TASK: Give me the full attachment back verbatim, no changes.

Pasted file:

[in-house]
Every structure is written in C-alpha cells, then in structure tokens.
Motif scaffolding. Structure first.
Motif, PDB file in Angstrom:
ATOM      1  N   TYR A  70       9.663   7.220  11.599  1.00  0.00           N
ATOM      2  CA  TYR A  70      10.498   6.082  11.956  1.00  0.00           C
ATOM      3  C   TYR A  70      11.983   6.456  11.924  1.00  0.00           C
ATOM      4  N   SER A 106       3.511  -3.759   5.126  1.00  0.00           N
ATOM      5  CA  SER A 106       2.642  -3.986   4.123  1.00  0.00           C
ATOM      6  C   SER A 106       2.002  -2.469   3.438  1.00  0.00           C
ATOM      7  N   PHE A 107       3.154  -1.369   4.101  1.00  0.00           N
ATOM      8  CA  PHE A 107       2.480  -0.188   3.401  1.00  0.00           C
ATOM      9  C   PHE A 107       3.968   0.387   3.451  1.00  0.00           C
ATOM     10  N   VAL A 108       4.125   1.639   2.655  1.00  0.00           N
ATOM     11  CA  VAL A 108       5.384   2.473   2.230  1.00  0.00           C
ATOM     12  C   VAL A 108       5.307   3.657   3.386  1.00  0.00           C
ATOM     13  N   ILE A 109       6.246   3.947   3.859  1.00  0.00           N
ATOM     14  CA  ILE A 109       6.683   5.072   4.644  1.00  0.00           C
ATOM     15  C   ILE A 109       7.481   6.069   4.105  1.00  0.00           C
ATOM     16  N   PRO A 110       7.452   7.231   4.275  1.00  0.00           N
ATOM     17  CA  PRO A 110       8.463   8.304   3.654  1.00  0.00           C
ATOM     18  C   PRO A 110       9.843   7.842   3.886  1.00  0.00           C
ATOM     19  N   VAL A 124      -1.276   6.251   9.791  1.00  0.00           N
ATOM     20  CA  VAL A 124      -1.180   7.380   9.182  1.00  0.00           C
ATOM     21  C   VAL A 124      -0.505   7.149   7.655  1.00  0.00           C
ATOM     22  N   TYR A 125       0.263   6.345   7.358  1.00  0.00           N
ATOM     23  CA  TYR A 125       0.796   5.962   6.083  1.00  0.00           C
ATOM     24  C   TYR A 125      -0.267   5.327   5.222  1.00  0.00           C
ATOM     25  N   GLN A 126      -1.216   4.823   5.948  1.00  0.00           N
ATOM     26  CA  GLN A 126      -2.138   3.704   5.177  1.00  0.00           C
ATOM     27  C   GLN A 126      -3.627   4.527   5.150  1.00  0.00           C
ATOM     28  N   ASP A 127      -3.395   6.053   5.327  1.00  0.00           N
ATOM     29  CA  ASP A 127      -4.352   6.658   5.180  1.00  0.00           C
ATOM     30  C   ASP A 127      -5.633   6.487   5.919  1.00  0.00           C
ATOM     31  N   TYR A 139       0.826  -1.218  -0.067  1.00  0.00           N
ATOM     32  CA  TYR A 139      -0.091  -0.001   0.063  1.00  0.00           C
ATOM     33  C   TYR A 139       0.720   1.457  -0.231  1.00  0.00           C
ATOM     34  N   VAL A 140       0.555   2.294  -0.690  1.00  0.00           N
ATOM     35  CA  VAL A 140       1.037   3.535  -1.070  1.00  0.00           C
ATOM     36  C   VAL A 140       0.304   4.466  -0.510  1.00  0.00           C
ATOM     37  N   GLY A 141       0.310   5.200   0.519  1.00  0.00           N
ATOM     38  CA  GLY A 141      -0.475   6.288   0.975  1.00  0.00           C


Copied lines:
[in-house]
Every structure is written in C-alpha cells, then in structure tokens.
Motif scaffolding. Structure first.
Motif, PDB file in Angstrom:
ATOM      1  N   TYR A  70       9.663   7.220  11.599  1.00  0.00           N
ATOM      2  CA  TYR A  70      10.498   6.082  11.956  1.00  0.00           C
ATOM      3  C   TYR A  70      11.983   6.456  11.924  1.00  0.00           C
ATOM      4  N   SER A 106       3.511  -3.759   5.126  1.00  0.00           N
ATOM      5  CA  SER A 106       2.642  -3.986   4.123  1.00  0.00           C
ATOM      6  C   SER A 106       2.002  -2.469   3.438  1.00  0.00           C
ATOM      7  N   PHE A 107       3.154  -1.369   4.101  1.00  0.00           N
ATOM      8  CA  PHE A 107       2.480  -0.188   3.401  1.00  0.00           C
ATOM      9  C   PHE A 107       3.968   0.387   3.451  1.00  0.00           C
ATOM     10  N   VAL A 108       4.125   1.639   2.655  1.00  0.00           N
ATOM     11  CA  VAL A 108       5.384   2.473   2.230  1.00  0.00           C
ATOM     12  C   VAL A 108       5.307   3.657   3.386  1.00  0.00           C
ATOM     13  N   ILE A 109       6.246   3.947   3.859  1.00  0.00           N
ATOM     14  CA  ILE A 109       6.683   5.072   4.644  1.00  0.00           C
ATOM     15  C   ILE A 109       7.481   6.069   4.105  1.00  0.00           C
ATOM     16  N   PRO A 110       7.452   7.231   4.275  1.00  0.00           N
ATOM     17  CA  PRO A 110       8.463   8.304   3.654  1.00  0.00           C
ATOM     18  C   PRO A 110       9.843   7.842   3.886  1.00  0.00           C
ATOM     19  N   VAL A 124      -1.276   6.251   9.791  1.00  0.00           N
ATOM     20  CA  VAL A 124      -1.180   7.380   9.182  1.00  0.00           C
ATOM     21  C   VAL A 124      -0.505   7.149   7.655  1.00  0.00           C
ATOM     22  N   TYR A 125       0.263   6.345   7.358  1.00  0.00           N
ATOM     23  CA  TYR A 125       0.796   5.962   6.083  1.00  0.00           C
ATOM     24  C   TYR A 125      -0.267   5.327   5.222  1.00  0.00           C
ATOM     25  N   GLN A 126      -1.216   4.823   5.948  1.00  0.00           N
ATOM     26  CA  GLN A 126      -2.138   3.704   5.177  1.00  0.00           C
ATOM     27  C   GLN A 126      -3.627   4.527   5.150  1.00  0.00           C
ATOM     28  N   ASP A 127      -3.395   6.053   5.327  1.00  0.00           N
ATOM     29  CA  ASP A 127      -4.352   6.658   5.180  1.00  0.00           C
ATOM     30  C   ASP A 127      -5.633   6.487   5.919  1.00  0.00           C
ATOM     31  N   TYR A 139       0.826  -1.218  -0.067  1.00  0.00           N
ATOM     32  CA  TYR A 139      -0.091  -0.001   0.063  1.00  0.00           C
ATOM     33  C   TYR A 139       0.720   1.457  -0.231  1.00  0.00           C
ATOM     34  N   VAL A 140       0.555   2.294  -0.690  1.00  0.00           N
ATOM     35  CA  VAL A 140       1.037   3.535  -1.070  1.00  0.00           C
ATOM     36  C   VAL A 140       0.304   4.466  -0.510  1.00  0.00           C
ATOM     37  N   GLY A 141       0.310   5.200   0.519  1.00  0.00           N
ATOM     38  CA  GLY A 141      -0.475   6.288   0.975  1.00  0.00           C